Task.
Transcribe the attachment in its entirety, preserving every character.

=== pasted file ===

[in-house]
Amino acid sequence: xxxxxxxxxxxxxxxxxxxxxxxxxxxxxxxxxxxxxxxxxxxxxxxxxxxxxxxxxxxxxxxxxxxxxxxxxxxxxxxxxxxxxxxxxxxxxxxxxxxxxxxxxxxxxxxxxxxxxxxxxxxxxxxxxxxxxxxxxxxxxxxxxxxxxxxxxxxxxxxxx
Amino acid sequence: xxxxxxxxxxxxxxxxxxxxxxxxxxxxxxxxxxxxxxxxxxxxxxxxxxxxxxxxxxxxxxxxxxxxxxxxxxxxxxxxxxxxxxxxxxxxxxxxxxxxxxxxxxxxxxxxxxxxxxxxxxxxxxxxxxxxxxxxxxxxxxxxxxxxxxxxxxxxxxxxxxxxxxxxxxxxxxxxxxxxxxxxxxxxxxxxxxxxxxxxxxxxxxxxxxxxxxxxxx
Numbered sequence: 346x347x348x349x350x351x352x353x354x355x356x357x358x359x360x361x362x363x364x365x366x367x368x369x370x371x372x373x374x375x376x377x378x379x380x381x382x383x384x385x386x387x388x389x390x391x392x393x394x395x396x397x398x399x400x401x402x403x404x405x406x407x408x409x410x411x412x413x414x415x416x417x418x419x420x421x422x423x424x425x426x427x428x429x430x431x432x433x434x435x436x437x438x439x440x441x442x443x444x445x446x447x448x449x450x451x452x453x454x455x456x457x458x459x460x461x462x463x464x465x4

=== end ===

[in-house]
Amino acid sequence: xxxxxxxxxxxxxxxxxxxxxxxxxxxxxxxxxxxxxxxxxxxxxxxxxxxxxxxxxxxxxxxxxxxxxxxxxxxxxxxxxxxxxxxxxxxxxxxxxxxxxxxxxxxxxxxxxxxxxxxxxxxxxxxxxxxxxxxxxxxxxxxxxxxxxxxxxxxxxxxxx
Amino acid sequence: xxxxxxxxxxxxxxxxxxxxxxxxxxxxxxxxxxxxxxxxxxxxxxxxxxxxxxxxxxxxxxxxxxxxxxxxxxxxxxxxxxxxxxxxxxxxxxxxxxxxxxxxxxxxxxxxxxxxxxxxxxxxxxxxxxxxxxxxxxxxxxxxxxxxxxxxxxxxxxxxxxxxxxxxxxxxxxxxxxxxxxxxxxxxxxxxxxxxxxxxxxxxxxxxxxxxxxxxxx
Numbered sequence: 346x347x348x349x350x351x352x353x354x355x356x357x358x359x360x361x362x363x364x365x366x367x368x369x370x371x372x373x374x375x376x377x378x379x380x381x382x383x384x385x386x387x388x389x390x391x392x393x394x395x396x397x398x399x400x401x402x403x404x405x406x407x408x409x410x411x412x413x414x415x416x417x418x419x420x421x422x423x424x425x426x427x428x429x430x431x432x433x434x435x436x437x438x439x440x441x442x443x444x445x446x447x448x449x450x451x452x453x454x455x456x457x458x459x460x461x462x463x464x465x4